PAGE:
By Jim Schutze
By Rachel Watts
By Lauren Drewes Daniels
By Anna Merlan
By Lee Escobedo
By Alice Laussade
By Scott Reitz
We have received a handful of letters from readers insisting they do not want to see another word about Seagrams Company Ltd.'s takeover of the music business. They claim it's insignificant, it's all so much meaningless bitching and moaning better left to the business pages. They assert that nobody cares about corporate takeovers and that such affairs affect no one, save a few millionaires and the minimum-wage suckers far below them on the food chain. To which we say: Fine, bury your head in the sand and pretend all is well in the world of rock. You're probably 'N Sync or Korn fans anyway.
But as has been well documented in these pages in recent months, Seagrams-owned Universal Music Group's takeover of PolyGram Music, which has essentially resulted in the birth of one megalabel from the scraps of several smaller ones (among them Interscope, Geffen, Mercury, A&M, Motown, Island, and so forth), has had an impact not only on thousands of employees who now find themselves jobless, but on local bands as well. The Tomorrowpeople and Slowpoke have since packed up their belongings and moved out of Geffen Records' cozy confines on the Sunset Strip, and Radish has been forced to wait while Mercury Records decides whether it wants to keep its foster child, Ben Kweller.
But, hey, no big deal, right? It's a victimless crime. That's what they keep telling you, anyway.
Yet for those who think that the UMG-PolyGram merger is No Big Deal, that it means nothing to you, here are two tangible reasons to think otherwise: Radish's 17-song sophomore record, Sha Sha, and the 16 songs (give or take) recorded for The Tomorrowpeople's debut for Geffen. Both collections are amazing, aberrant creations, bigger-sounding than most anything released on a major label in years, each the result of potential realized and, sometimes, brilliance revealed.
Radish's Sha Sha is a thousand miles away from its 1997 debut Restraining Bolt; it's the difference between the band's hometown of Greenville and Manhattan. It's the sound of Ben Kweller's voice breaking everything in the room, even his old Nirvana records. And The Tomorrowpeople's collection, once to be titled Strangepowers, sounds every bit as enormous as you'd expect a record that cost nearly $300,000 to make. This thing plays as though it were recorded in a bank vault, with all those string arrangements, acoustic guitars, teen-idol vocals, and wheezing keyboards piled atop one another as if it were some rock-and-roll orgy.
Too bad, then, that for the time being, you're not going to get to hear either one of them, at least not as they were meant to be heard. Here, finally, is your concrete proof that the UMG-PolyGram merger is A Bad Thing. Here is confirmation that record companies not only release piles of garbage, but actually keep some of the good stuff from coming out, that labels keep quality rock from reaching audiences bigger than a boardroom full of empty suits.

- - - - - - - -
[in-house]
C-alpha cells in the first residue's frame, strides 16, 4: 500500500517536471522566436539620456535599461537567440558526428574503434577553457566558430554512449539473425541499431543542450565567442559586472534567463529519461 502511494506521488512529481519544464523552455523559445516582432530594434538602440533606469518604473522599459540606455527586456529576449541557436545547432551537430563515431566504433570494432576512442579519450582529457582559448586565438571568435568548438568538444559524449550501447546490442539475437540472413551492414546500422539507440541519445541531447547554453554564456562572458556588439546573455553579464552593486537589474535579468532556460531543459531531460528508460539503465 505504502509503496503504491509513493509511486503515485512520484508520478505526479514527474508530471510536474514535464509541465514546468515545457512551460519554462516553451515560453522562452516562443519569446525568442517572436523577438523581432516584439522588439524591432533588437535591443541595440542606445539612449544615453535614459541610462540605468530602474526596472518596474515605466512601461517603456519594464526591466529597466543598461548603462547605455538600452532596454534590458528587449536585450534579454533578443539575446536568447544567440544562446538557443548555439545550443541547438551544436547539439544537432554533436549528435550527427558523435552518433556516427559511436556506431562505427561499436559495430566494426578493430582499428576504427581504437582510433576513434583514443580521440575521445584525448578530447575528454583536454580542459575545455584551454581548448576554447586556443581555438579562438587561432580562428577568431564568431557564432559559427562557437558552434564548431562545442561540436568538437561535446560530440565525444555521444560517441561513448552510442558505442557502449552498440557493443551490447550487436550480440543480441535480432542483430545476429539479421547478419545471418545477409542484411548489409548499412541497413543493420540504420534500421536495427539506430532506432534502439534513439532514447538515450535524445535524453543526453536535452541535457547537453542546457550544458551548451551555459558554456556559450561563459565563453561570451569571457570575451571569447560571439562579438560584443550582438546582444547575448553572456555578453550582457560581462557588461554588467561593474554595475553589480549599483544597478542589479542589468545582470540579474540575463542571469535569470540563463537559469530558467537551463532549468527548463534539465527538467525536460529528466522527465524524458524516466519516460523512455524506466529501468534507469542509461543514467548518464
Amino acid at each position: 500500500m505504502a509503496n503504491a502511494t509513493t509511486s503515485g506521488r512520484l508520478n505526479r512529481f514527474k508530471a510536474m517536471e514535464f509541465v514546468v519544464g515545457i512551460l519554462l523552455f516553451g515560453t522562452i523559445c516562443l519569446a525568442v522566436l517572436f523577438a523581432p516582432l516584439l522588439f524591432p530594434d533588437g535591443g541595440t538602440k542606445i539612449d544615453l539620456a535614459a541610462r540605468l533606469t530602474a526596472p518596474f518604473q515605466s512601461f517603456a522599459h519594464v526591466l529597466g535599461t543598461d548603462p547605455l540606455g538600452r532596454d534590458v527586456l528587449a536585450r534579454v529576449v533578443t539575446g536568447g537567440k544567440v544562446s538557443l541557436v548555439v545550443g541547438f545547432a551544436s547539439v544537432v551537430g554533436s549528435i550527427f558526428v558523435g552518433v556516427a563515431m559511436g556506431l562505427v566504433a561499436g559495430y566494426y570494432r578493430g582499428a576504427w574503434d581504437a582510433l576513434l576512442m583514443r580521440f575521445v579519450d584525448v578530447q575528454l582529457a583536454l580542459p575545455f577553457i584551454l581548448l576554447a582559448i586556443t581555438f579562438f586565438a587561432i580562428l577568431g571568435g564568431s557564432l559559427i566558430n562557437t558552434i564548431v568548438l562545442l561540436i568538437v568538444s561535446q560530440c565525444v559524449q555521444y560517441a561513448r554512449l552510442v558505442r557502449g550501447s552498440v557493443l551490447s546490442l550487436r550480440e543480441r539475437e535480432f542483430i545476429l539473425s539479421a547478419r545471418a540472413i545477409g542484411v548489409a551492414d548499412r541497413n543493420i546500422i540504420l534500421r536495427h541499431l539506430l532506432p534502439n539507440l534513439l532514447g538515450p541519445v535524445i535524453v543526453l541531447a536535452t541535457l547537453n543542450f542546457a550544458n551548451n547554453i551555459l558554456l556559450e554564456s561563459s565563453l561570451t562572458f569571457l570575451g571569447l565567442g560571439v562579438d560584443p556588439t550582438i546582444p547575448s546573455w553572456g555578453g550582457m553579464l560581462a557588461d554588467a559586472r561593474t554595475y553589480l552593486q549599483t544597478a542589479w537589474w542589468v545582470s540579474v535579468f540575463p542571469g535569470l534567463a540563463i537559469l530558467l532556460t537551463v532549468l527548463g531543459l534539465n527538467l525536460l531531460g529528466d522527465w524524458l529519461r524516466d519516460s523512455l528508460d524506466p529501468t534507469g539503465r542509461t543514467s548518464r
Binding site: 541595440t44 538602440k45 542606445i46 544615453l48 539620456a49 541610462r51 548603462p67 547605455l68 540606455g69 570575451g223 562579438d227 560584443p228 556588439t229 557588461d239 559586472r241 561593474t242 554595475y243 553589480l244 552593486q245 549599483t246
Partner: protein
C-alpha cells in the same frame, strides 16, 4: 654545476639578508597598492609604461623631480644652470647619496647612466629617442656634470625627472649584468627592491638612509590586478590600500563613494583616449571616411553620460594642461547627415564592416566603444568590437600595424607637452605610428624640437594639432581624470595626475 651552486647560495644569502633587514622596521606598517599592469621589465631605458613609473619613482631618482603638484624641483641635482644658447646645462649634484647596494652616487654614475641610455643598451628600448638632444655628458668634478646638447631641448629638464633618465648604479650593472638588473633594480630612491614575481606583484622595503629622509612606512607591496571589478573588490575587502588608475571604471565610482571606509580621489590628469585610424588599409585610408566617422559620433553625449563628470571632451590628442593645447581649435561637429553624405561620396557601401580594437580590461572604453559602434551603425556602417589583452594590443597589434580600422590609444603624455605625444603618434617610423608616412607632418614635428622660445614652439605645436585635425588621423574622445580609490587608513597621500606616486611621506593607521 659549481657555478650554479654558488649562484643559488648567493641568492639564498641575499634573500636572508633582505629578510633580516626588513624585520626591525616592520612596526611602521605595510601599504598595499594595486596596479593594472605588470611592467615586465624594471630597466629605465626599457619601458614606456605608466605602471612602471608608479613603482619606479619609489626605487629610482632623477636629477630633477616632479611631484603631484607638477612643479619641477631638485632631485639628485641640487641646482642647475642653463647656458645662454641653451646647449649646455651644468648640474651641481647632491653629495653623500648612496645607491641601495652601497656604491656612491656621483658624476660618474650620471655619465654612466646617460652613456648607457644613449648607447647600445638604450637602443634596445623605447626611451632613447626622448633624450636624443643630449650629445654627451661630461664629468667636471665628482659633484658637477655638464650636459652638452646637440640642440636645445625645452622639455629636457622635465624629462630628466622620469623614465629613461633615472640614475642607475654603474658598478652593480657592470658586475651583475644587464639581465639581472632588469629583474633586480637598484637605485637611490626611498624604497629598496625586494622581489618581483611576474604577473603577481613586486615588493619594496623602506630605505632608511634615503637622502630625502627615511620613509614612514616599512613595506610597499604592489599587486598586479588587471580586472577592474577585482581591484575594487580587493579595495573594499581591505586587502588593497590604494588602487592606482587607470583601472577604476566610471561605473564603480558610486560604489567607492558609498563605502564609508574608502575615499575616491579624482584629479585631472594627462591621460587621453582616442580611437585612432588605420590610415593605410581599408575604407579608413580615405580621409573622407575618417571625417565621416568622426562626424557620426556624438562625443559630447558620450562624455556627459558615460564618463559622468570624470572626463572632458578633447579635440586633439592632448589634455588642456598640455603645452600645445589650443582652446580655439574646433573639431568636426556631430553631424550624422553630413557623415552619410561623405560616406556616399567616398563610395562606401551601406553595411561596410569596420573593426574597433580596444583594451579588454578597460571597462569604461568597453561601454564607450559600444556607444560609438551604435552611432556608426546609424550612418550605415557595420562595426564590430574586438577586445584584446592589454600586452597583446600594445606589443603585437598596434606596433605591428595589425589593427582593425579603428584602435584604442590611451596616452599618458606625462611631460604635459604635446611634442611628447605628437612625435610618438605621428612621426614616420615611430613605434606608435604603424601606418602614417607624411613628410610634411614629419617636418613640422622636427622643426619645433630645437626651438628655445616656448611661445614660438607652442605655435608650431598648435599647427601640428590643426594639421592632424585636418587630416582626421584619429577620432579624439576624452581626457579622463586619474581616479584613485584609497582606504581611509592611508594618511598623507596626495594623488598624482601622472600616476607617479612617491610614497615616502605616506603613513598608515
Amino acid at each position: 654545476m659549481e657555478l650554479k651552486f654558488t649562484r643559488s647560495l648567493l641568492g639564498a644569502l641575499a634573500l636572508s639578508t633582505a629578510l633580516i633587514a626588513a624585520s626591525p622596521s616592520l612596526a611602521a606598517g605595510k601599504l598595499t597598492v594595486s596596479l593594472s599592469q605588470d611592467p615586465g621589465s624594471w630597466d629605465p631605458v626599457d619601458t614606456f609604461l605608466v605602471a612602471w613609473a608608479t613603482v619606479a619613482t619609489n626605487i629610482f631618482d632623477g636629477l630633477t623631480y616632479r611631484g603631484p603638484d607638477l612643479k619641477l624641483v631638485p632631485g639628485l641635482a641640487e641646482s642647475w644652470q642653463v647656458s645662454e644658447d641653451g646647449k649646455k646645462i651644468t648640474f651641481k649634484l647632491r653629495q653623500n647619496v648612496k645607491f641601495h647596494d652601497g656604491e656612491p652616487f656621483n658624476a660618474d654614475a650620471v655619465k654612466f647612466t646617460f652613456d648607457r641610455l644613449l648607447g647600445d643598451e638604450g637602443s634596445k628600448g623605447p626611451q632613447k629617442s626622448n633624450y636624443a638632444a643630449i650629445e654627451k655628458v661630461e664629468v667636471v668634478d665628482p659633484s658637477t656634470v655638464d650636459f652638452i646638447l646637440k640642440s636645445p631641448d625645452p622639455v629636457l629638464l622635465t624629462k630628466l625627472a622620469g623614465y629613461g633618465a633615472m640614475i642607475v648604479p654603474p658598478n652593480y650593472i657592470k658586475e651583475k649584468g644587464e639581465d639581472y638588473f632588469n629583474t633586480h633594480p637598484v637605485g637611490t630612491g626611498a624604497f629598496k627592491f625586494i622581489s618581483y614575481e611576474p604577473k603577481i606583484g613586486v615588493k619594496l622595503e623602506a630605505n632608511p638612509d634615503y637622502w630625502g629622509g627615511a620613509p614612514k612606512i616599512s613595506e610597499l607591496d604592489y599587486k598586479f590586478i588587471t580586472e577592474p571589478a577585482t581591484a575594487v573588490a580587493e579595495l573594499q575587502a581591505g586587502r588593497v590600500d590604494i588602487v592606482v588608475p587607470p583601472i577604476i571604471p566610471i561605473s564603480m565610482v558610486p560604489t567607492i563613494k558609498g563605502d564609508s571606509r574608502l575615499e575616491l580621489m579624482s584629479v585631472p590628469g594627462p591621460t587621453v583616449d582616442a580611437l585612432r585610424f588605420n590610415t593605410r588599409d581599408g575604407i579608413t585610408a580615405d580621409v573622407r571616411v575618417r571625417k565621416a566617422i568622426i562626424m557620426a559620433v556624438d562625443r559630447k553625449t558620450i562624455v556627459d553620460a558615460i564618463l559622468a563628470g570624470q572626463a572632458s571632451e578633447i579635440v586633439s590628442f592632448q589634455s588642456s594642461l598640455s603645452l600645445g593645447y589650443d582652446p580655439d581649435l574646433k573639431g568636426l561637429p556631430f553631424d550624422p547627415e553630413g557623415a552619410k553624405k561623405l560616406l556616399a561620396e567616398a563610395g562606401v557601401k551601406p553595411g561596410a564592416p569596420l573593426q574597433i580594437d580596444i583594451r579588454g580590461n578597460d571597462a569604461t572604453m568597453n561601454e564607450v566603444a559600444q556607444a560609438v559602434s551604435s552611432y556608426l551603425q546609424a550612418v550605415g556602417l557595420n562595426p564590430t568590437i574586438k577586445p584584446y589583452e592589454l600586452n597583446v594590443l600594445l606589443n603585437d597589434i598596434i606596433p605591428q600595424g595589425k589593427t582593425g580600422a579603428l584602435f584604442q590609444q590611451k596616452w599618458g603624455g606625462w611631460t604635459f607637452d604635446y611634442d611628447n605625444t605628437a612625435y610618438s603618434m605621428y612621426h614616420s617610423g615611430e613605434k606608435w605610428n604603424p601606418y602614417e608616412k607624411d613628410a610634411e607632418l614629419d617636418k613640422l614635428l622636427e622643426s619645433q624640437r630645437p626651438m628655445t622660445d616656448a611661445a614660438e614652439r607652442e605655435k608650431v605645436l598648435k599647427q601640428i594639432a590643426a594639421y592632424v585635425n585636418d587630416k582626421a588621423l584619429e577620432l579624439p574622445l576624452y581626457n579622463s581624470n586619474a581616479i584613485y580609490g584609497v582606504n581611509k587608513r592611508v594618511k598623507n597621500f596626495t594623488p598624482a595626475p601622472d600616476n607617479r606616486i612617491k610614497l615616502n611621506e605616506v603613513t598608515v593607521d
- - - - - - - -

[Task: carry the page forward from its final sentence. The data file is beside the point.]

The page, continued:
Because some faceless bean counter at Seagrams decided The Tomorrowpeople's record would not be cost-efficient enough to release (i.e., distribute and promote), the label told the boys to take a hike and take yer crummy record with you. As a result, you will now be able to hear less than half of it come May 22, when The Tomorrowpeople release Marijuana Beach, a seven-song EP featuring seven of the 16 songs recorded for Geffen. The EP, due out on the band's own Olivia Records label, offers only a hint at what the full-lengther could have sounded like: a pastiche of new-wave rave-ups and eyes-wide-shut ballads. Marijuana Beach grooves and groans from start (the melodramatic pop of "By My Side") to too-soon finish (the synthed-out, blissed-out drone of "Squeaky Fromme"). And it contains one of the prettiest, funniest odes ever to Karla Faye Tucker, "America's Deathrow Sweetheart."
Still, the glass is only half full. Some of the best tracks from the original full-length--among them a newly recorded, larger-than-life version of "Mercitron" and the new-wave throwdowns "Vacation Destination Earth" and "Razorblades"--do not appear on the EP. Also excised is the heavily orchestrated redo of "Youth in Orbit" (which originally appeared on the band's 1997 Last Beat debut Golden Energy) and the piano-drenched ballad "Windows Wide," which features Mike Gibson's best teen-idol vocals. Imagine discovering after all these years that Shaun Cassidy had done a little time in Brutal Juice.
UMG execs very likely miscalculated when they told the band Strangepowers wouldn't recoup the label's investment. God knows if there are any hit singles among these 16 castaways, but it sure would have been the most interesting and schizophrenic record anyone released all year--OK Computer for the preteen set. But nobody ever said record-label execs were smart. At best, they get lucky. At worst, well, they get lucky.
"Marijuana Beach is just a taster, a souvenir, a stopgap kind of deal," says Tomorrowpeople guitarist-singer Trey Shults, better known as Jody Powerchurch. "We put on there what we thought were pretty strong songs. I feel it's up there with anything coming out of town these days. One of the things that struck me, was we kinda got slammed early on for being sell-outs or poppy, but ultimately we're too quirky and weird for the mainstream and too poppy and mainstream for the indie crowd, so we're in the musical Twilight Zone, which is an interesting place to be.